Typically, opening the season against the reigning AL Cy Young winner is not the best of ways to start - especially for a team looking to overcome a history of pathetic starts. Apparently, someone forgot to tell the 2004 Tigers that they're not supposed to win in April, especially against Roy Halladay (who up to this point had dominated the Tigers). The Tigers ripped Halladay for 7 runs en route to a blowout of the Toronto Blue Jays. Their solid play continued as the Tigers swept their first series of the season, never letting the Blue Jays get close to winning one. The start marked the best one the Tigers had seen in nearly 20 years.
The Tigers then headed home for their home opener at Comerica Park against division foe the Minnesota Twins. Three more games, two wins, and already, the Tigers have won two series this season. Care to take a guess at how many series' the Tigers won all of last year? Nevermind, it's not important.
It's not important because the 2004 Tigers have very little resemblance to the 2003 the group. The world champs are playing very well through week one, but the Tigers now have their Catcher and Closer from 2003. And those aren't the only additions - the Tigers also have a new ace and three new starters in the lineup (Rondell White, Fernando Vina and Carlos Guillen). Even those that do return possess little similarities. 1B Carlos Pena looks like a brand new ballplayer from Pena of 2003 - looking more relaxed both at the plate and in the field. So, the team wears the same English 'D' and plays in the same ballpark with the same manager - but the comparisons end there. This year's group has more talent, more enthusiasm - and most importantly - is putting up wins. The offense has been productive, the pitching has been solid for the most part, and the team has even shown the will to battle in close games - as evidenced by their extra inning win on Sunday vs. the Twins. Make no mistake about, these 6 games may just be a small portion, but baseball is back in Motown.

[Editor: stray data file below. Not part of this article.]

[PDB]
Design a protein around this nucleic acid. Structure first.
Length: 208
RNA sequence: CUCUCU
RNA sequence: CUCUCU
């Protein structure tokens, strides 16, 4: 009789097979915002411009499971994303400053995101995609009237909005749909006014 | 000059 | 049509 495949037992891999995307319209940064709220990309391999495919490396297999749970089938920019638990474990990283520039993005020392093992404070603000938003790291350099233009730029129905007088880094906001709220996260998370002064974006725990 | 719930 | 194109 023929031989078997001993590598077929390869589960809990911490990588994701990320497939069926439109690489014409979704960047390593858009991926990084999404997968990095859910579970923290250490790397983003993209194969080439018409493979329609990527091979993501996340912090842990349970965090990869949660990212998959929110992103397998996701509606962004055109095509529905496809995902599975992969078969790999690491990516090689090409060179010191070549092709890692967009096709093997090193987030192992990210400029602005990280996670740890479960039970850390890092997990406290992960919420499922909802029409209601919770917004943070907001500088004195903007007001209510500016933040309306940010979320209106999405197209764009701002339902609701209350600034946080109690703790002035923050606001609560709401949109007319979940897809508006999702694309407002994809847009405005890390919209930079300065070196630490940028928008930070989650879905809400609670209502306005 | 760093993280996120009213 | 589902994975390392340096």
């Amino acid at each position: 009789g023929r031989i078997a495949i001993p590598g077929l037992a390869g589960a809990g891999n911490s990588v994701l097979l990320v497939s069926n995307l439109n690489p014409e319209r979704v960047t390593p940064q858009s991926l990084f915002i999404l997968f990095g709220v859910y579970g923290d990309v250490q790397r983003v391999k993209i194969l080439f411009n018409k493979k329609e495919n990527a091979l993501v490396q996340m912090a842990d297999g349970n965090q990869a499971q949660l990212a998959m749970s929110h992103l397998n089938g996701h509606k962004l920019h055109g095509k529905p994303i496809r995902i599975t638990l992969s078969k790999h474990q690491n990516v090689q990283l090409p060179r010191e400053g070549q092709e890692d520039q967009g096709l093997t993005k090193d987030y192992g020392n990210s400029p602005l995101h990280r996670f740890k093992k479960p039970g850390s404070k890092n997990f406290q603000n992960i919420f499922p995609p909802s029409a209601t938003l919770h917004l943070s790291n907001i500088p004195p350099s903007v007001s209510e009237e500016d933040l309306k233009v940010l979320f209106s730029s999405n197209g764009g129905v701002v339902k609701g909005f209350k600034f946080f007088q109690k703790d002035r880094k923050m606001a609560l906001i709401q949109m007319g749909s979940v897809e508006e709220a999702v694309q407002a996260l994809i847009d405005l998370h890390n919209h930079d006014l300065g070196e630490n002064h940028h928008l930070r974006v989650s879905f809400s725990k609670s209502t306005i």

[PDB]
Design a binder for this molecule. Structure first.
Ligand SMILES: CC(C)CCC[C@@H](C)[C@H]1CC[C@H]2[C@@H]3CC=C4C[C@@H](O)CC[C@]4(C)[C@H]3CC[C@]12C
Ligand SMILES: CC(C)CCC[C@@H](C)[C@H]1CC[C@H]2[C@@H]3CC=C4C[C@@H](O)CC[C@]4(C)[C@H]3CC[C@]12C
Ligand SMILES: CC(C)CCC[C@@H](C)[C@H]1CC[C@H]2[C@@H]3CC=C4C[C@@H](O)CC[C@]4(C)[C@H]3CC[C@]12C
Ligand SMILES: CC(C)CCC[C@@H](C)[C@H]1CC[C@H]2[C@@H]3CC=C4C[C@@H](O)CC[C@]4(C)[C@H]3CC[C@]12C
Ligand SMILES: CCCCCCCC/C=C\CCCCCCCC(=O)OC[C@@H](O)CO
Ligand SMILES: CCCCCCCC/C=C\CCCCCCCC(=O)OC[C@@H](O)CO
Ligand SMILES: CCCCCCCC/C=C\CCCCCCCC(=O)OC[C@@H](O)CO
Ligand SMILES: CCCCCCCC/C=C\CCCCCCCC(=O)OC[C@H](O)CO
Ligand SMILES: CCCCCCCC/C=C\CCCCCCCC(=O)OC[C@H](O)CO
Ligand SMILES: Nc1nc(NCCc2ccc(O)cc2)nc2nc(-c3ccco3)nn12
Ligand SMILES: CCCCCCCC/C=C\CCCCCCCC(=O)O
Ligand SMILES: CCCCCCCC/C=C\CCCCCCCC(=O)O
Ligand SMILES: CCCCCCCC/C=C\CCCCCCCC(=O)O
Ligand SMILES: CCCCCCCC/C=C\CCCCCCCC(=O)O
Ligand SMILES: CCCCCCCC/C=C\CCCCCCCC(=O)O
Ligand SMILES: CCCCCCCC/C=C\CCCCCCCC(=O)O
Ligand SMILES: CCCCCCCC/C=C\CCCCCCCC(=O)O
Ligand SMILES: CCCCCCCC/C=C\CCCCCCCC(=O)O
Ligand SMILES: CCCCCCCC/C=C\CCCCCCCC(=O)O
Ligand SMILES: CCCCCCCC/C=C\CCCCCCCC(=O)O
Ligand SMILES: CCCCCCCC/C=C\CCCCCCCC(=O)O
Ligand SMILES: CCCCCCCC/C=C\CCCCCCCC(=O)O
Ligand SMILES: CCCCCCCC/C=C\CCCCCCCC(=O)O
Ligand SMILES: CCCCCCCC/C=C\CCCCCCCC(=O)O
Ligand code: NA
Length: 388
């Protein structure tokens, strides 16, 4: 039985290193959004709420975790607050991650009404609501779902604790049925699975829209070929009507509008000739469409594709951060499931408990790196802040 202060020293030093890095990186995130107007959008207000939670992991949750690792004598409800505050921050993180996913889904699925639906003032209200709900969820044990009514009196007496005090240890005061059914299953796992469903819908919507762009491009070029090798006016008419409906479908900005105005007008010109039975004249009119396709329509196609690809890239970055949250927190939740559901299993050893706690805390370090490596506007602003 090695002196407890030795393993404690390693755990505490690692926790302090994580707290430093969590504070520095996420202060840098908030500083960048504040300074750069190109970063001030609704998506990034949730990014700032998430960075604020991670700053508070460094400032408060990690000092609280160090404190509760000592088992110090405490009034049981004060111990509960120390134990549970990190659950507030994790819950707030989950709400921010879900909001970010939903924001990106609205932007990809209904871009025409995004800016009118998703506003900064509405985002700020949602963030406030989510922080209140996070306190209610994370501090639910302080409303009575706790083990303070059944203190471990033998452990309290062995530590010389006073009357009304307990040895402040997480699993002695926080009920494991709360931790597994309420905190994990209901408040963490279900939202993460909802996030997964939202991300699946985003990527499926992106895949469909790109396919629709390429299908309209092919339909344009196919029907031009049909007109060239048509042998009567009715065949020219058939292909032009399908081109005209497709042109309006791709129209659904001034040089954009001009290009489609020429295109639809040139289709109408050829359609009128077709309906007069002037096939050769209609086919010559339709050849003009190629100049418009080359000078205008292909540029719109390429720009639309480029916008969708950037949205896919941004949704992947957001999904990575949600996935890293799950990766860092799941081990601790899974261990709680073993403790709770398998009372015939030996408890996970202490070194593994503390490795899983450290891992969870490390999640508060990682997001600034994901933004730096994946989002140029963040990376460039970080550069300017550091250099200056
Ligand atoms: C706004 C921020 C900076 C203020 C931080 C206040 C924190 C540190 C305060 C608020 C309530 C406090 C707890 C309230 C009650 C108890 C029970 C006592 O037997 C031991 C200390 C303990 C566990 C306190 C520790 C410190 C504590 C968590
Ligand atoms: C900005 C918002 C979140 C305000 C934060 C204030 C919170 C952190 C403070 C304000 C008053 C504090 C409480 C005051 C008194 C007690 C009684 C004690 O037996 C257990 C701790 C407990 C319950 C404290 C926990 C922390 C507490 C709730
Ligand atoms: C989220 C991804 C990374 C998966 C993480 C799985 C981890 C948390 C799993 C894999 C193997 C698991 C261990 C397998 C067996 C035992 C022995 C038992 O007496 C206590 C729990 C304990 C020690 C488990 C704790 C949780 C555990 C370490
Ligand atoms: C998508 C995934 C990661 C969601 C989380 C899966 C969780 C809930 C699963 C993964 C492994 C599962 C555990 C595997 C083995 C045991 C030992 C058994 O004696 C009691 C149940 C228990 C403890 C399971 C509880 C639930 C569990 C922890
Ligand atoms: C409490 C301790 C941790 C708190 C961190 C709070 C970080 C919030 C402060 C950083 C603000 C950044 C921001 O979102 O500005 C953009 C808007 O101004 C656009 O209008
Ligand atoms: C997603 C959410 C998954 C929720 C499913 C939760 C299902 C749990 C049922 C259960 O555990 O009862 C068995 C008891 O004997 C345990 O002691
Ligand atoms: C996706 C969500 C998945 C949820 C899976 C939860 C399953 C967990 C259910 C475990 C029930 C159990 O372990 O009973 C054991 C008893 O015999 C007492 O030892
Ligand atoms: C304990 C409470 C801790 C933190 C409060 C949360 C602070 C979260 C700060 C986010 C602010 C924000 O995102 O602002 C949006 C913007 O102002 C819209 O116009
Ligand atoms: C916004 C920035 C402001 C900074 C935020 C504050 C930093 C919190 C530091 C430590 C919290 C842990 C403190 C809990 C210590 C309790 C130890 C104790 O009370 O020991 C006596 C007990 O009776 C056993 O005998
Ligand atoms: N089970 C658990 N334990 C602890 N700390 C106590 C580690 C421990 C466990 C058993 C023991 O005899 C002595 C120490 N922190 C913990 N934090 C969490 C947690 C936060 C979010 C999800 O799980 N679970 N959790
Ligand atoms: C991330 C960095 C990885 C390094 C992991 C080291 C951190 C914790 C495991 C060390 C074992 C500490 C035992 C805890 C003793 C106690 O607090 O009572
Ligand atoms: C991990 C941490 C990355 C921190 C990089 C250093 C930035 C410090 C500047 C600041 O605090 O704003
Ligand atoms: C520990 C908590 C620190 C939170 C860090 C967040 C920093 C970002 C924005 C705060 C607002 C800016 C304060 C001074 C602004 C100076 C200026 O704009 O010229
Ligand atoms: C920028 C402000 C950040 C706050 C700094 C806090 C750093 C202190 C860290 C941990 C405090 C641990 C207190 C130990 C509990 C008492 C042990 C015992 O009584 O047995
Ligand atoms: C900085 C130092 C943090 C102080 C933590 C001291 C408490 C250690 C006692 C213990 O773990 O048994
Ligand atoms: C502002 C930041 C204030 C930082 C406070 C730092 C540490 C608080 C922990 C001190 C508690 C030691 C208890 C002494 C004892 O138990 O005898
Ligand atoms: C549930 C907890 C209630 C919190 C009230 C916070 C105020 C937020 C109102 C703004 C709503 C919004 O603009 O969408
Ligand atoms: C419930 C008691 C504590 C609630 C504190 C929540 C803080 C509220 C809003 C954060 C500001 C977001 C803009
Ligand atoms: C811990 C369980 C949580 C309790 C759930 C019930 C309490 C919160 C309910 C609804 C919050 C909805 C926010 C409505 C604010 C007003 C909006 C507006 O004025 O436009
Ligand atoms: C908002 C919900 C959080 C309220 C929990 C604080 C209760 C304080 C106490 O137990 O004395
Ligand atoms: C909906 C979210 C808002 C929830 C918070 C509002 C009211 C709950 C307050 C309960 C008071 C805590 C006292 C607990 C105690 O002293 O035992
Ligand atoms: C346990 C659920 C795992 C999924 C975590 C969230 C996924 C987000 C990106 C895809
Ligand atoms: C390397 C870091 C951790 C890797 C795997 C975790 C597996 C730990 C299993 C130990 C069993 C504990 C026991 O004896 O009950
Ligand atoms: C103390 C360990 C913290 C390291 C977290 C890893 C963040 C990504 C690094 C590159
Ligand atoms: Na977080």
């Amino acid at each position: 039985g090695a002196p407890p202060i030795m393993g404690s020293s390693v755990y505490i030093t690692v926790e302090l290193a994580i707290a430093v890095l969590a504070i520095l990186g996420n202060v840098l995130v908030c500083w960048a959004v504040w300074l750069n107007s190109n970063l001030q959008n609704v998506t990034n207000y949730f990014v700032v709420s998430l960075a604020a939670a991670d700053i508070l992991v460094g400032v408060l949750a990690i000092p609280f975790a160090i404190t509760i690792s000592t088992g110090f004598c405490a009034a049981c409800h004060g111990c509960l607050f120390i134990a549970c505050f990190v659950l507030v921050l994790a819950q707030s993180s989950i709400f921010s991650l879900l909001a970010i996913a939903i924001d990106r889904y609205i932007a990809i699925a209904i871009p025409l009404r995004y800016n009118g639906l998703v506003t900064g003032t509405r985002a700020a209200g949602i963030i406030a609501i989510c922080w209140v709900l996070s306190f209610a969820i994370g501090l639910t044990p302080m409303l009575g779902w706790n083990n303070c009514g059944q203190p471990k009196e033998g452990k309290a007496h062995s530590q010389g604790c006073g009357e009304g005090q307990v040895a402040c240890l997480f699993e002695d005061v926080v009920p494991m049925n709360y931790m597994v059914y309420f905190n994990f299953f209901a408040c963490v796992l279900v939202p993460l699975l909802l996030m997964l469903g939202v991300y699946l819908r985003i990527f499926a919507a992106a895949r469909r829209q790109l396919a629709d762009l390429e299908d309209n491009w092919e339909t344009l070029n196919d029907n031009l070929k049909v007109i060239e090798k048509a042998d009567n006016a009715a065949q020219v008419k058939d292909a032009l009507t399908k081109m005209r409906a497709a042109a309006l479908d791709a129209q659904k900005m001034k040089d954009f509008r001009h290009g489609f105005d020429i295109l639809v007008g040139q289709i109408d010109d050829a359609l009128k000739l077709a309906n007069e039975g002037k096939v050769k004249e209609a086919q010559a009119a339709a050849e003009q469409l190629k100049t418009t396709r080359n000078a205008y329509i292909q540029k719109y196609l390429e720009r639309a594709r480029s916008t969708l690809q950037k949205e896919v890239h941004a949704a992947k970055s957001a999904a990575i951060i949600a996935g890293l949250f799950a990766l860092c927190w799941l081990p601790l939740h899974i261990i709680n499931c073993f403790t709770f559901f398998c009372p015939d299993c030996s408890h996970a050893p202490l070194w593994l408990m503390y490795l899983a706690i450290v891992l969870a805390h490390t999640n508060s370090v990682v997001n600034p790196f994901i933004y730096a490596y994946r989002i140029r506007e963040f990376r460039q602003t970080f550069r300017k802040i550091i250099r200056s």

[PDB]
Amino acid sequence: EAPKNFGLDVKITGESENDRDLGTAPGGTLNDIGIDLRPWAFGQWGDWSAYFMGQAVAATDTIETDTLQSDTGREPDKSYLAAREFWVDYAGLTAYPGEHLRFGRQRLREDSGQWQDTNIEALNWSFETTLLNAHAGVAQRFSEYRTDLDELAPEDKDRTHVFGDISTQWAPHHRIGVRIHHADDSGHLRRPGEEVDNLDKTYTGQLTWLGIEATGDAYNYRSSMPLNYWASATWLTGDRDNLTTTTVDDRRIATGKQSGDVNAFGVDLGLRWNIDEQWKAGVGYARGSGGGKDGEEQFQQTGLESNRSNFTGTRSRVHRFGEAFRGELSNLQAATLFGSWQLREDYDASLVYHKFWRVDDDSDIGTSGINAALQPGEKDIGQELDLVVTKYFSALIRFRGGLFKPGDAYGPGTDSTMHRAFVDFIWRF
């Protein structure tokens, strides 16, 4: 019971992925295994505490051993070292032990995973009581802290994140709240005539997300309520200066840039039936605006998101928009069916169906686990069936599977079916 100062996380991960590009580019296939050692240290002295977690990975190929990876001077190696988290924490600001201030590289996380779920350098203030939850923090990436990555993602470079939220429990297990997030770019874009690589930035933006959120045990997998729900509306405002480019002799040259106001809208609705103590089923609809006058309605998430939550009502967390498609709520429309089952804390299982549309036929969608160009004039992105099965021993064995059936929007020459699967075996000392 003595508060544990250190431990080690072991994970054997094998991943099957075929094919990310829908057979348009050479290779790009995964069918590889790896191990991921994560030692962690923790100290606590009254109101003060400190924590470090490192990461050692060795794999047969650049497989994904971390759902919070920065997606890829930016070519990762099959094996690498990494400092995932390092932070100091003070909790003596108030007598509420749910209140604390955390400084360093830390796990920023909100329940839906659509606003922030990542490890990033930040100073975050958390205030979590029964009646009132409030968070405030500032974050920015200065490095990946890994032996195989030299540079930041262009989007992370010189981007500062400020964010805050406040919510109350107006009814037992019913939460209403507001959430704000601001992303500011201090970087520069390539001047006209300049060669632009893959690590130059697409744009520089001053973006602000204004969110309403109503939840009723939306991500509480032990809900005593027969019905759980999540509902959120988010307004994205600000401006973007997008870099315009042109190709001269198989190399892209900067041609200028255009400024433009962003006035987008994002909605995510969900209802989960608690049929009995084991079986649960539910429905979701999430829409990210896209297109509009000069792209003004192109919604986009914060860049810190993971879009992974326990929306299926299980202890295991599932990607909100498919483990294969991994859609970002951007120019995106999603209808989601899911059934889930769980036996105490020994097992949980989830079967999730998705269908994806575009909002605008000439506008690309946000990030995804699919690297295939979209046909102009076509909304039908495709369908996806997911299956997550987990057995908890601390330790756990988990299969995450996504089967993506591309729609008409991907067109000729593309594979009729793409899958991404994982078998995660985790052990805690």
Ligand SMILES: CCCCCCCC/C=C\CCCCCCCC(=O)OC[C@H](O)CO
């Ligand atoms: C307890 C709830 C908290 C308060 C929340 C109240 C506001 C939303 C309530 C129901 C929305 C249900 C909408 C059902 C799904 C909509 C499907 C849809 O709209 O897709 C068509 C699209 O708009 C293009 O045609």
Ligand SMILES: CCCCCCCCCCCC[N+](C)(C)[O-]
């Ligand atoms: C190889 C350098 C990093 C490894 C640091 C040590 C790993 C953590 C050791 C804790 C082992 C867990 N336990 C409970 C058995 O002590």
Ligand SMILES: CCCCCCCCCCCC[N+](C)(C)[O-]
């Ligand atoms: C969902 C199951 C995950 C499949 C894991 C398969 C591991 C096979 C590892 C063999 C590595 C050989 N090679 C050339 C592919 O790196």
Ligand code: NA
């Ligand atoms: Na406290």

PITCHER OF THE WEEK: Mike Maroth
Maroth, who endured a beating in 2003 but persevered and battled the entire year, proved in the first week he's a big league caliber pitcher. He got the win against Toronto, and pitched well enough to win Sunday vs. the Twins (Steve Colyer ended up earning the 'W').
PLAYER OF THE WEEK: Rondell White
This award could go to any number of players, but every game White seemed to be at the center of something. Whether it be the towering 3-run Home Run in the opener that chased Halladay, or the one-out walk in the 10th on Sunday that later turned into the winning run (via a pinch run by speedster Andres Torres), White was a catalyst for the offense in week one.
A WEEK TO FORGET: Dmitri Young
Young suffered a non-displacement fracture of his lower right leg, sidelining him for 4-6 weeks. Yet another casualty of the dreaded Astroturf - this injury is further proof that the turf needs to be outlawed. Honorable mention goes to Greg Norton and his 0-for-10 start.
UP NEXT: 3-game series at home with the Blue Jays, and a 4-game series against the Indians in Cleveland . . . the Blue Jays come to Comerica looking for revenge while the Tigers face the Great Lake rival Indians for the first time this season.